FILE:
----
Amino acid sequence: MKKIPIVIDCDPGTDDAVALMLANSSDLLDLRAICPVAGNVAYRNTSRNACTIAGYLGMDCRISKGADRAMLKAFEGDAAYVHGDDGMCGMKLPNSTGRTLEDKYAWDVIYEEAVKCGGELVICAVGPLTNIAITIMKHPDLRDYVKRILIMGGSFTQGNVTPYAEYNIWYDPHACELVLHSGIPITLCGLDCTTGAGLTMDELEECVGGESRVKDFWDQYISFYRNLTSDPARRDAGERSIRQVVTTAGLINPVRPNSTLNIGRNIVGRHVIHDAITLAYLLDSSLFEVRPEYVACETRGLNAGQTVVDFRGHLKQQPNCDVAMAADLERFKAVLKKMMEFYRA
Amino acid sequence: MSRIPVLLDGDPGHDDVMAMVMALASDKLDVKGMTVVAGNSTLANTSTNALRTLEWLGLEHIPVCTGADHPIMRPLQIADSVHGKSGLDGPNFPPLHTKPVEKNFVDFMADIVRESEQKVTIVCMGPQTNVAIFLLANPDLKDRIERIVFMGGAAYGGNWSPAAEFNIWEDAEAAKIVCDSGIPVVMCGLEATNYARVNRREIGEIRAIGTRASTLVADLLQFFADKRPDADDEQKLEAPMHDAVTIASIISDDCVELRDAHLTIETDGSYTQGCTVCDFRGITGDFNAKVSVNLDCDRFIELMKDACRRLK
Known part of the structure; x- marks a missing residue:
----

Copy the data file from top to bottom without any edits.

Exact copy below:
Amino acid sequence: MKKIPIVIDCDPGTDDAVALMLANSSDLLDLRAICPVAGNVAYRNTSRNACTIAGYLGMDCRISKGADRAMLKAFEGDAAYVHGDDGMCGMKLPNSTGRTLEDKYAWDVIYEEAVKCGGELVICAVGPLTNIAITIMKHPDLRDYVKRILIMGGSFTQGNVTPYAEYNIWYDPHACELVLHSGIPITLCGLDCTTGAGLTMDELEECVGGESRVKDFWDQYISFYRNLTSDPARRDAGERSIRQVVTTAGLINPVRPNSTLNIGRNIVGRHVIHDAITLAYLLDSSLFEVRPEYVACETRGLNAGQTVVDFRGHLKQQPNCDVAMAADLERFKAVLKKMMEFYRA
Amino acid sequence: MSRIPVLLDGDPGHDDVMAMVMALASDKLDVKGMTVVAGNSTLANTSTNALRTLEWLGLEHIPVCTGADHPIMRPLQIADSVHGKSGLDGPNFPPLHTKPVEKNFVDFMADIVRESEQKVTIVCMGPQTNVAIFLLANPDLKDRIERIVFMGGAAYGGNWSPAAEFNIWEDAEAAKIVCDSGIPVVMCGLEATNYARVNRREIGEIRAIGTRASTLVADLLQFFADKRPDADDEQKLEAPMHDAVTIASIISDDCVELRDAHLTIETDGSYTQGCTVCDFRGITGDFNAKVSVNLDCDRFIELMKDACRRLK
Known part of the structure; x- marks a missing residue: